Keyboard (magazine)

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Keyboard
Editor-in-Chief Gino Robair
Categories Music
Frequency Monthly
Publisher Joe Perry
Year founded 1975 (1975)
Final issue 2017
Company NewBay Media
Country USA
Based in San Bruno, California
Language English
Website www.keyboardmag.com
ISSN 0730-0158

Keyboard is a magazine that originally covered electronic keyboard instruments and keyboardists, though with the advent of computer-based recording and audio technology, they have added digital music technology to their regular coverage, including those not strictly pertaining to the keyboard-related instruments. The magazine has its headquarters in San Bruno, California.[1]

History and profile[edit]

NewBay Media is the owner of the Keyboard which was launched in 1975.[2][3] During the initial years the magazine was named Contemporary Keyboard.[2] Over the years, the print and online editions of the magazine have moved into discussions on anything related to gear. The editors and writers of the magazine have covered historical information and stories on the development of keyboards from their inception with pioneers such as Moog Music. At times, editorial and guest articles in the magazine have covered subjects including music philosophy, keyboarding instruction, music theory, and harmonics.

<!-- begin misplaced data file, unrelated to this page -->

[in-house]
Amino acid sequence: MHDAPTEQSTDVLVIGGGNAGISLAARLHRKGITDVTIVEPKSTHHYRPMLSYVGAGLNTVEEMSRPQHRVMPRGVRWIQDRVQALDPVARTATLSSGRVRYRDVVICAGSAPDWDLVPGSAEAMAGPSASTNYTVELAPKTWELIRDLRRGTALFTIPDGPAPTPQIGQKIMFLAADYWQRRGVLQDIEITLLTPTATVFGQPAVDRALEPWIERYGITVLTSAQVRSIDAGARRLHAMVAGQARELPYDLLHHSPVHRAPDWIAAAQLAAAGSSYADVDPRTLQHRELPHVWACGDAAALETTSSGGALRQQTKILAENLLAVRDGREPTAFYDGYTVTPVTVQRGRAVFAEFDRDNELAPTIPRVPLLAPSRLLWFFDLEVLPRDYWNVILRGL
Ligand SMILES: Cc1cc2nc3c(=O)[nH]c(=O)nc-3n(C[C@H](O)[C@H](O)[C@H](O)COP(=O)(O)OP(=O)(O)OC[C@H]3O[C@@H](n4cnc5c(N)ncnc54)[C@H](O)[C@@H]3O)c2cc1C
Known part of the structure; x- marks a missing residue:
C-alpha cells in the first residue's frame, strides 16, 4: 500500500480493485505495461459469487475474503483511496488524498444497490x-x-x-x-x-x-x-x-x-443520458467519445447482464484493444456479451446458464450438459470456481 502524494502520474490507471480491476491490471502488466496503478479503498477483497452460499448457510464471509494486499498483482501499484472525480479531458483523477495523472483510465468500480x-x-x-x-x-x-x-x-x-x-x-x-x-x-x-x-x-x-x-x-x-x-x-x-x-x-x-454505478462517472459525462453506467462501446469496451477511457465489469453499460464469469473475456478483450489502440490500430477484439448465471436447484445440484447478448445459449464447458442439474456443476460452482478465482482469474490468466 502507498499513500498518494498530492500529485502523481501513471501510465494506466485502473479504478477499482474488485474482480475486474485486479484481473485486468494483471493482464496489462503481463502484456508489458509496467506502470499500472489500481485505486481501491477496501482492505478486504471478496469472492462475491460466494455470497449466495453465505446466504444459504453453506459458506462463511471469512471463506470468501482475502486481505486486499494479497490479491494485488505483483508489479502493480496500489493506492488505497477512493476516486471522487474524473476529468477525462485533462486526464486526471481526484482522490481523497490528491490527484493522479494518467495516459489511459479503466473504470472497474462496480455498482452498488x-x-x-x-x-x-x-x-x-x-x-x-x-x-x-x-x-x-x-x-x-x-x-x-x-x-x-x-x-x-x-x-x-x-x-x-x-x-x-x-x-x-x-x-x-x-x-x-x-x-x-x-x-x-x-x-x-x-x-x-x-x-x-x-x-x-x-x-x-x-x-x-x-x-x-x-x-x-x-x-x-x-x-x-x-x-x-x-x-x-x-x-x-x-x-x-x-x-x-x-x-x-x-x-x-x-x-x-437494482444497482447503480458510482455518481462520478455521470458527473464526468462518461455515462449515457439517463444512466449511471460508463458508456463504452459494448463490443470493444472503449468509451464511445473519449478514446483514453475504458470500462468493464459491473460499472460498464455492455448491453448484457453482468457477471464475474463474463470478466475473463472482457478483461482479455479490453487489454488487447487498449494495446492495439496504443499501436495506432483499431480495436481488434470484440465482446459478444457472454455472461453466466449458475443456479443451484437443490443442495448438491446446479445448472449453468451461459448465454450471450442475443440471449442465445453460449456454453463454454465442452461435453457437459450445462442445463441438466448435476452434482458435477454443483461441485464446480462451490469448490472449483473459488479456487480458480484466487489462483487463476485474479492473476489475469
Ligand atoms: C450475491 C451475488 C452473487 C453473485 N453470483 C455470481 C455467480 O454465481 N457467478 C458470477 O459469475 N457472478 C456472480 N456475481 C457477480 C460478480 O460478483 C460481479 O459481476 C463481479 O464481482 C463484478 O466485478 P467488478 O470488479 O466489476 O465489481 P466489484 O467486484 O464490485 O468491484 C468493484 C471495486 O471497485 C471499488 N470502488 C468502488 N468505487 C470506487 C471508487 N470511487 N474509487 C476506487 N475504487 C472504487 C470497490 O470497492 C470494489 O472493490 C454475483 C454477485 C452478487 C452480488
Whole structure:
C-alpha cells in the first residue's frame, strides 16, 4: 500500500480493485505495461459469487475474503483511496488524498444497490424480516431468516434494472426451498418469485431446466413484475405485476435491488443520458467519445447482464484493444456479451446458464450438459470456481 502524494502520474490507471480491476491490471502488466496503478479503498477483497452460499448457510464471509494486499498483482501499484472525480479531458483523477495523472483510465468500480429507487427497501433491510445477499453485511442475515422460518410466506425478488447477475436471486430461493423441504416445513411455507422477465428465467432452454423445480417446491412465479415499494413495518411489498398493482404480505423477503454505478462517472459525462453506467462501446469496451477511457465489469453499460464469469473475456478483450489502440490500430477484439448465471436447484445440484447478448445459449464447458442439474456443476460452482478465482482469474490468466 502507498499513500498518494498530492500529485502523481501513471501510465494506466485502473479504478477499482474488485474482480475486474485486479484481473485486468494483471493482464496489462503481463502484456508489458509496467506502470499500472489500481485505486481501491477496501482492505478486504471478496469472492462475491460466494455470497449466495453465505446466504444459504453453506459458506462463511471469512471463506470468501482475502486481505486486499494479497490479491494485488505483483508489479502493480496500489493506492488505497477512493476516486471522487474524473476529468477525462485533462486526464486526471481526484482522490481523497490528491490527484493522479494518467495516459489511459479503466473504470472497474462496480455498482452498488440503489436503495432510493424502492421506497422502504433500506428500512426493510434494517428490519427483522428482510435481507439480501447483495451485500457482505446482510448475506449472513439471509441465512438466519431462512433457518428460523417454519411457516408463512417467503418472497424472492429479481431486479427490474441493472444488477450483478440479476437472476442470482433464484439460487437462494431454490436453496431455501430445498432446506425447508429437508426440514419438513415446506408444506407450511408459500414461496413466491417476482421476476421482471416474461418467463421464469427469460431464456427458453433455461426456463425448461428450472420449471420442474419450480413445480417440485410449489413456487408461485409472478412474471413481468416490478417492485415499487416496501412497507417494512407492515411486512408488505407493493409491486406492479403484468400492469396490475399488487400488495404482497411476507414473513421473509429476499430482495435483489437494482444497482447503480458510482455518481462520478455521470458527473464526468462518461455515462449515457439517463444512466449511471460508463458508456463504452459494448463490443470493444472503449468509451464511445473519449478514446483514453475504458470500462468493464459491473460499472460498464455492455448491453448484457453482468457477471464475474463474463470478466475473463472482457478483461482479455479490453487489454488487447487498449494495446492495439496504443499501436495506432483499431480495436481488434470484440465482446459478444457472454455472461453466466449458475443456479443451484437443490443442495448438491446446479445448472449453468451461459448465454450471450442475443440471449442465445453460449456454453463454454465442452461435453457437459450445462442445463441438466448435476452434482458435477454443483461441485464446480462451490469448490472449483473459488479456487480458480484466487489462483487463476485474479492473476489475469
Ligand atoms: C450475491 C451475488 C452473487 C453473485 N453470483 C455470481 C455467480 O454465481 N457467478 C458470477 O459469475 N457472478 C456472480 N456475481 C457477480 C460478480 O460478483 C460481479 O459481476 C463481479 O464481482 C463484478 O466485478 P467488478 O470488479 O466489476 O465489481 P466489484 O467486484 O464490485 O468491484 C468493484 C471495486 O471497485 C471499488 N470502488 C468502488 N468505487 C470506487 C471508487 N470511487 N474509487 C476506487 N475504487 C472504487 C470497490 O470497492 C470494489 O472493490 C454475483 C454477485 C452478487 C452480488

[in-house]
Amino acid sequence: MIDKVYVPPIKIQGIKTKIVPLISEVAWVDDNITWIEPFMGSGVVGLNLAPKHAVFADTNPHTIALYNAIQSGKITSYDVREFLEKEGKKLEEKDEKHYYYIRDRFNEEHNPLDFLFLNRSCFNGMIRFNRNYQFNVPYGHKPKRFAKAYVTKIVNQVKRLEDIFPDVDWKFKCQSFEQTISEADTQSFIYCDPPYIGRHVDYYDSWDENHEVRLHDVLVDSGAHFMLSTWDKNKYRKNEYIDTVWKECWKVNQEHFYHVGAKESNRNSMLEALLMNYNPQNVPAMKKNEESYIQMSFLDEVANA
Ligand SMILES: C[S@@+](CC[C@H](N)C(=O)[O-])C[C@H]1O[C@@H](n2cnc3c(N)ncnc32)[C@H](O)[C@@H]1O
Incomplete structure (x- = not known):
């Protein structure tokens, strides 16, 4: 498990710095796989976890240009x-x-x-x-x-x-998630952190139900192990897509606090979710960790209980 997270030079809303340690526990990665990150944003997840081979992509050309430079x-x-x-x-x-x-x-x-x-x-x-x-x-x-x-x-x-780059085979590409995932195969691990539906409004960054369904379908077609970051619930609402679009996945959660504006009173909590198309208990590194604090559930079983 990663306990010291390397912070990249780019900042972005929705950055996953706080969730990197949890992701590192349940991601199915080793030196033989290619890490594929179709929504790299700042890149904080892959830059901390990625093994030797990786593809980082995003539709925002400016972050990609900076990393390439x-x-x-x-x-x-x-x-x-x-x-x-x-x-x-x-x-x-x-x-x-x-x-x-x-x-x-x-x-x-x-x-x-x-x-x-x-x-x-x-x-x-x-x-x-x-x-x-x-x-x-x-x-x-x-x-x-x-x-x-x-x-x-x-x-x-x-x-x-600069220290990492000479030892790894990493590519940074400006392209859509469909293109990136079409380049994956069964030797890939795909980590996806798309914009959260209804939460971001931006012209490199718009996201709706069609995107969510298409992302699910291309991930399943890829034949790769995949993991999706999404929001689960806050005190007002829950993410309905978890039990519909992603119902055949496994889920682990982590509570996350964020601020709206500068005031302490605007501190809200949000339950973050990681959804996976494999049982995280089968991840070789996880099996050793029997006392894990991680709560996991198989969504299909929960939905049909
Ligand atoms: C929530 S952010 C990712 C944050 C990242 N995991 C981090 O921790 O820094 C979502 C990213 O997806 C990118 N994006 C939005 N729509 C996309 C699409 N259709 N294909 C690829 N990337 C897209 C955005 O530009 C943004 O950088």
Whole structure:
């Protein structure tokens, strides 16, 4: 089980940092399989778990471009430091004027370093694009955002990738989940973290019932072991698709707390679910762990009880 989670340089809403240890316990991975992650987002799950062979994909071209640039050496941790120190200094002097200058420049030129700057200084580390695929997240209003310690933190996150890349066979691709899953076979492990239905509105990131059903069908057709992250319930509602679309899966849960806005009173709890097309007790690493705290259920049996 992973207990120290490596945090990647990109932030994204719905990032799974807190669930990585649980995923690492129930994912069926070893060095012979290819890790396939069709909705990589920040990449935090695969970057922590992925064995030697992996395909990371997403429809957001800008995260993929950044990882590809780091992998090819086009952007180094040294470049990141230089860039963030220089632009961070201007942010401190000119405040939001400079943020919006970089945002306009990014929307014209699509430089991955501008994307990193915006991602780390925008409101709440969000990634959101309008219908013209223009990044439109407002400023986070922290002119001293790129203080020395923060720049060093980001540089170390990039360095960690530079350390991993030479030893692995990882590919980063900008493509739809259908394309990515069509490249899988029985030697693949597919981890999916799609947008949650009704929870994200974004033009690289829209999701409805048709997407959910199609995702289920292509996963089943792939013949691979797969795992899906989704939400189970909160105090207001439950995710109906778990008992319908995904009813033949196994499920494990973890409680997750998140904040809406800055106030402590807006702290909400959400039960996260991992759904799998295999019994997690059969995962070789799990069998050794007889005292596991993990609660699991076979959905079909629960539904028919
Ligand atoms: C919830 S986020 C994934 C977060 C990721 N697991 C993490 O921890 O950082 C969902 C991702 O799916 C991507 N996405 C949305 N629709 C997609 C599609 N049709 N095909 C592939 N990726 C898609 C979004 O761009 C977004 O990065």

It is not uncommon to find advertisements and endorsements for high-tech audio gear and computer hardware and software within the pages of the two editions.

Stephen Fortner served as the editor-in-chief of the magazine between 2009 and September 2015. Gino Robair was then made editor. [2]

In early 2017, the magazine transitioned from a standalone print publication to an online one.[4] Jon Regen was made editor of Keyboardmag.com in March 2017.[5]

References[edit]

  1. ^ "Keyboard Magazine". Media Contacts Lists. Retrieved November 21, 2015. 
  2. ^ a b c "Gino Robair Named Editor of Keyboard Magazine". Electronic Musician. New York, NY. September 23, 2015. Retrieved November 21, 2015. 
  3. ^ Sam Hodges (July 4, 1988). "The Picks of The Music Press". Orlando Sentinel. Retrieved February 19, 2016. 
  4. ^ Peter Kirn (January 16, 2017). "The demise of Keyboard Magazine, after 41 years". Cdm. Retrieved April 3, 2017. 
  5. ^ Emusician

External links[edit]